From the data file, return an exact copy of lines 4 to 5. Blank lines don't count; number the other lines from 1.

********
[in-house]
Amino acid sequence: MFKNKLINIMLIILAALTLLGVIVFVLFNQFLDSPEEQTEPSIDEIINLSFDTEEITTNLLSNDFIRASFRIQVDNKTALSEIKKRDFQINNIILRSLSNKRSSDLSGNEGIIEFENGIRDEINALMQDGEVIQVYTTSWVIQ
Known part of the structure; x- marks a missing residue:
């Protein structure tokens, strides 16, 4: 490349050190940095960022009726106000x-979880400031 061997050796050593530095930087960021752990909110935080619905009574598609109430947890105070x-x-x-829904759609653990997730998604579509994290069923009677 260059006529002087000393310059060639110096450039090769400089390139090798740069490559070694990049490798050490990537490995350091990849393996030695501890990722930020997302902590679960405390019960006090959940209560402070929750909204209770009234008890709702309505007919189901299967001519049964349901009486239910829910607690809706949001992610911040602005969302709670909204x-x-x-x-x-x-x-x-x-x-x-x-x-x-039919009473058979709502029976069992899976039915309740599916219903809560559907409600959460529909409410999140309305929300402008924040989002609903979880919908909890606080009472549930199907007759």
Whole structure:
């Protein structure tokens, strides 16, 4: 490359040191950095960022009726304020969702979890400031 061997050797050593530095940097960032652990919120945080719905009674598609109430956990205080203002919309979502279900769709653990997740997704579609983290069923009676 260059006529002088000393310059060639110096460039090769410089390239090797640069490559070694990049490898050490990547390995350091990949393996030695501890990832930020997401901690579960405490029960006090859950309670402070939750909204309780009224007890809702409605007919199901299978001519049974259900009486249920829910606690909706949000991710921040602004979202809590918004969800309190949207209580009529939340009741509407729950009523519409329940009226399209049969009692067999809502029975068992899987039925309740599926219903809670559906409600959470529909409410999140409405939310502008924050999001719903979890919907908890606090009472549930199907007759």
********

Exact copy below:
């Protein structure tokens, strides 16, 4: 490349050190940095960022009726106000x-979880400031 061997050796050593530095930087960021752990909110935080619905009574598609109430947890105070x-x-x-829904759609653990997730998604579509994290069923009677 260059006529002087000393310059060639110096450039090769400089390139090798740069490559070694990049490798050490990537490995350091990849393996030695501890990722930020997302902590679960405390019960006090959940209560402070929750909204209770009234008890709702309505007919189901299967001519049964349901009486239910829910607690809706949001992610911040602005969302709670909204x-x-x-x-x-x-x-x-x-x-x-x-x-x-039919009473058979709502029976069992899976039915309740599916219903809560559907409600959460529909409410999140309305929300402008924040989002609903979880919908909890606080009472549930199907007759």
Whole structure: